much better risk-adjusted return than the CEFs over the past 5
years. PONDX had a slightly better Sharpe Ratio than PTTDX since it
had a higher return and about the same volatility. Of the CEFs, PKO
had the best risk-adjusted return and PFN the worse. PHK had an
excellent total return but achieved this by taking excessive
The correlation matrix associated with these funds is shown in
Figure 2. As you might expect, PTTDX was moderately correlated
(82%) with PONDX but for the most part, the CEFs were relatively
uncorrelated with the mutual funds. This means that the CEFs would
provide diversification to a mutual fund portfolio. Somewhat
surprising, the CEFs were only moderately correlated with each
other (correlations between 50% and 80%).
(click to enlarge)
Figure 2. Correlation matrix over past 5 years
I next looked at the past 3 year period to see if the
performance had changed. The results are shown in Figure 3.
(click to enlarge)
Figure 3. Risk versus reward over past 3 years
As you might expect, the volatilities during the past 3 years
were much smaller than those over the 5 year period, since the 3
year look-back period did not include the volatile 2008 and 2009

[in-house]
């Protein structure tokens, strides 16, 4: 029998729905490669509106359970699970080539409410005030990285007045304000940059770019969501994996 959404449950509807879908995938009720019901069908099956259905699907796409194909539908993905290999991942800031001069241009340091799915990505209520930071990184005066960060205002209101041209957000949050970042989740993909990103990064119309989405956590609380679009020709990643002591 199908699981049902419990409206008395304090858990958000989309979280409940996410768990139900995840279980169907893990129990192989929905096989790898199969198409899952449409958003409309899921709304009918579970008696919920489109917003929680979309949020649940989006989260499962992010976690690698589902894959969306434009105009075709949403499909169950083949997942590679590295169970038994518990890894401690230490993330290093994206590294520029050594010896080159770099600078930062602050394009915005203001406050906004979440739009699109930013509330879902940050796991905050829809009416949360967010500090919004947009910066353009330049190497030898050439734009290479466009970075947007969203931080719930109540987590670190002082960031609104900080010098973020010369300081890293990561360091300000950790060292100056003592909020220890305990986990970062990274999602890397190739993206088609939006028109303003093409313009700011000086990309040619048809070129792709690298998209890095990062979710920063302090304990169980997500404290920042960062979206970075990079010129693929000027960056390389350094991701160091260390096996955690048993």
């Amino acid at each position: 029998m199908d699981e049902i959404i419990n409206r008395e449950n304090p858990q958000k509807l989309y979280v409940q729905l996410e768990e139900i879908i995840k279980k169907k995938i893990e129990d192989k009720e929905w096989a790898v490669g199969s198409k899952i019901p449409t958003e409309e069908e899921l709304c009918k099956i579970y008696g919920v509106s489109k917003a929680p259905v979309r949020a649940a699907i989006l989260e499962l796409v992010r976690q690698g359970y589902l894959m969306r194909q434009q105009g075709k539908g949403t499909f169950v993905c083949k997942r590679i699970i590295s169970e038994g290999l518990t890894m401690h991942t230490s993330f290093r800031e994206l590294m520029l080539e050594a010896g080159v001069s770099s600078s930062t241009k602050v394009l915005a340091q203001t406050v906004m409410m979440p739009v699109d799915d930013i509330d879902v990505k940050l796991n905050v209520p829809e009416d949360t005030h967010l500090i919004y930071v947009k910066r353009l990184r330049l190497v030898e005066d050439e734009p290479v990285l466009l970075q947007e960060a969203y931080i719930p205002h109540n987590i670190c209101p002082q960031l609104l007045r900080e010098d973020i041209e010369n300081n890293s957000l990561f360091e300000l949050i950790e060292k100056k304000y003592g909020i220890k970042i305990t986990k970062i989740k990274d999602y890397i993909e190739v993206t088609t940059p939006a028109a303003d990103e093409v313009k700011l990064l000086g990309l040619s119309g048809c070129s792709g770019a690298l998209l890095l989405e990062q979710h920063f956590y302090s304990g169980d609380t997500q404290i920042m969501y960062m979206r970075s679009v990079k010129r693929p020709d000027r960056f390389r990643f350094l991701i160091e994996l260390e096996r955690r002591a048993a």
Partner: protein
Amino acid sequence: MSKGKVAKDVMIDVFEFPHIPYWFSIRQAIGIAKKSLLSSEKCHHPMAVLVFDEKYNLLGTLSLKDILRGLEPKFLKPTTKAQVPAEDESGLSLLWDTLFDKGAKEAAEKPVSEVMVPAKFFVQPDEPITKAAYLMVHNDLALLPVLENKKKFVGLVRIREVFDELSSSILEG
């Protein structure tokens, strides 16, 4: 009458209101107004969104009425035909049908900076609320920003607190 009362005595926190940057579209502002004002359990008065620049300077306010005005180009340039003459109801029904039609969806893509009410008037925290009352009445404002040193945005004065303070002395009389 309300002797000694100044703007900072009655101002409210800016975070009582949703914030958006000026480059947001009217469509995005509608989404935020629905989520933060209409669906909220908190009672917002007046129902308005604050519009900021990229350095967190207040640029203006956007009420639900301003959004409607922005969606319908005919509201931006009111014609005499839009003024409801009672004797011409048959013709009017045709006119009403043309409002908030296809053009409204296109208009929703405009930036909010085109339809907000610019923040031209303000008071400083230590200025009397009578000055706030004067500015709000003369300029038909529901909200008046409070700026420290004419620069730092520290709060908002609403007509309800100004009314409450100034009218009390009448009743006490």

years. The volatilities associated with the CEFs were still much
higher than the volatilities associated with the mutual funds. Over
this period, PONDX was the best performer on a risk adjusted basis,
handily beating PTTDX. Of the CEFs, PKO was still at the head of
the pack. Generally, the other CEFs were relatively close to the
"red line", indicating that their risk-adjusted performance was
similar to PTTDX.
The investment landscape became even murkier in the more recent
past. Since early this year, the fear of rising rates has taken its
toll on many investments, includingPIMCO funds. To get a more near
term view, I ran the analysis from the beginning of 2012 to the
present, a little over 1.5 years. This data is presented in Figure
(click to enlarge)
Figure 4. Risk versus reward since January 2012
The last 1.5 years have not been kind to PTTDX, with most of the
CEFs performing as good as or better than this high profile fund.
In contrast, PONDX had excellent results and is still leading the
pack in terms of Sharpe Ratio. PKO maintained its high performance
but lost its leadership position to PFL and PFN. However, on a
relative basis, all these funds performed relatively well in an
environment where treasuries were being plummeted.
Ivascyn's mutual fund (PONDX) was clearly the winner on a risk
adjusted basis over all the time periods and his closed end fund,
PKO, also had outstanding performance. Based on this limited
sample, Ivascyn's funds provided better risk-adjusted returns than
the funds managed by Bill Gross. However, it should be noted that
all thePIMCO funds did reasonably well and a retiree interested in
income should give these funds serious consideration.
I am long [[PKO]]. I wrote this article myself, and it expresses my
own opinions. I am not receiving compensation for it. I have no
business relationship with any company whose stock is mentioned in
Capital One Financial Corporation Discusses Q3 2013